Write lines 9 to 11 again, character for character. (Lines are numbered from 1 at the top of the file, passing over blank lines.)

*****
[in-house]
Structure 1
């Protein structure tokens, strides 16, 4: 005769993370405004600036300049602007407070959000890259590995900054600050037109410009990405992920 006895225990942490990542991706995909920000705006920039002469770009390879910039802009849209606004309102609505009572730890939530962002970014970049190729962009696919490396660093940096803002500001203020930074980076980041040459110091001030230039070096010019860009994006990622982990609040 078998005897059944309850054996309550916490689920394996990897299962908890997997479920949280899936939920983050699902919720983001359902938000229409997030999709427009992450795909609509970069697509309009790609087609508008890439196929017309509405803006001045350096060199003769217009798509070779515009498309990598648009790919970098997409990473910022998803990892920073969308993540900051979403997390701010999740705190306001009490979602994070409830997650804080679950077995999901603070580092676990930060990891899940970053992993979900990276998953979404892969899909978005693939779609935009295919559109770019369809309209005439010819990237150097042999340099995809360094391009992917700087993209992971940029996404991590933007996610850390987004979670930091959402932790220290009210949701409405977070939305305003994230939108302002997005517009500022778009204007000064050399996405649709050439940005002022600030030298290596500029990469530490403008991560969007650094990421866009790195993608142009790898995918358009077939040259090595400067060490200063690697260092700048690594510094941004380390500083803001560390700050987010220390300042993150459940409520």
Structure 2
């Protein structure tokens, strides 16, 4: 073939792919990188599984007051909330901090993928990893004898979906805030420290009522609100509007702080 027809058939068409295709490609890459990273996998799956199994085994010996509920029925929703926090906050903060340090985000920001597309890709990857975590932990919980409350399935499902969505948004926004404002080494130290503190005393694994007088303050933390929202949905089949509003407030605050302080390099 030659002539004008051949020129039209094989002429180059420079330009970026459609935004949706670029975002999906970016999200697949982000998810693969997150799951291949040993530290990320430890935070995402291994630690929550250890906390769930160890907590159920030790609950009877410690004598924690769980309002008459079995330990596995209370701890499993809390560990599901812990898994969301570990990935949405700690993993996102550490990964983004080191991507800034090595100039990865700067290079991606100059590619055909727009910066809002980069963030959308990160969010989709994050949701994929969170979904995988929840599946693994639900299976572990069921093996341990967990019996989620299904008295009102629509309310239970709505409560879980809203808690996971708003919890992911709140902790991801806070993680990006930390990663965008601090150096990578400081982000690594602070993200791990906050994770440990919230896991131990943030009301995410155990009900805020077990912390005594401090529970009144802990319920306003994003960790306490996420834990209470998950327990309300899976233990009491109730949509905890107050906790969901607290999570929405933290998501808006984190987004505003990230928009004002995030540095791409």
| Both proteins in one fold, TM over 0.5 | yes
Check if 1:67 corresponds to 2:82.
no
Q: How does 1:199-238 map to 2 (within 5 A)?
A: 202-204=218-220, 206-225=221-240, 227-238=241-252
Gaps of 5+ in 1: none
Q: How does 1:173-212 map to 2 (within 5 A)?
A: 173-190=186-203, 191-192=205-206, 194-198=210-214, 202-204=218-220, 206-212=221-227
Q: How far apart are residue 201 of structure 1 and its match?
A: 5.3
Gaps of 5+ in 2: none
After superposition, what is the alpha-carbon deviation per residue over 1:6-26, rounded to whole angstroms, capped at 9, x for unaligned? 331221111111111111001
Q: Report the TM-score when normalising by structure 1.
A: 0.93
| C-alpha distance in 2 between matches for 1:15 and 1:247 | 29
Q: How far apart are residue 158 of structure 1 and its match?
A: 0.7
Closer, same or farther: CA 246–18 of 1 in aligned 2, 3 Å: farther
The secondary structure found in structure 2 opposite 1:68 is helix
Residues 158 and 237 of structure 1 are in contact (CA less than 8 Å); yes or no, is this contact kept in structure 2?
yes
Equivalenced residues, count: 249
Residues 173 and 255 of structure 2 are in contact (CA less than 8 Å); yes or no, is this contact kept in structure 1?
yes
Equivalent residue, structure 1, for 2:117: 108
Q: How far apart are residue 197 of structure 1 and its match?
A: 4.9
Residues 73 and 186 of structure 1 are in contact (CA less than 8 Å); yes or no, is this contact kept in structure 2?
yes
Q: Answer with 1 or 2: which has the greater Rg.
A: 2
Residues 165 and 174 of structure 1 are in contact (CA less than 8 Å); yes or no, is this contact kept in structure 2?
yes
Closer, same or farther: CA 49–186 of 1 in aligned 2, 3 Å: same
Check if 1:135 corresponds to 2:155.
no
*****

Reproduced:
Q: How does 1:199-238 map to 2 (within 5 A)?
A: 202-204=218-220, 206-225=221-240, 227-238=241-252
Gaps of 5+ in 1: none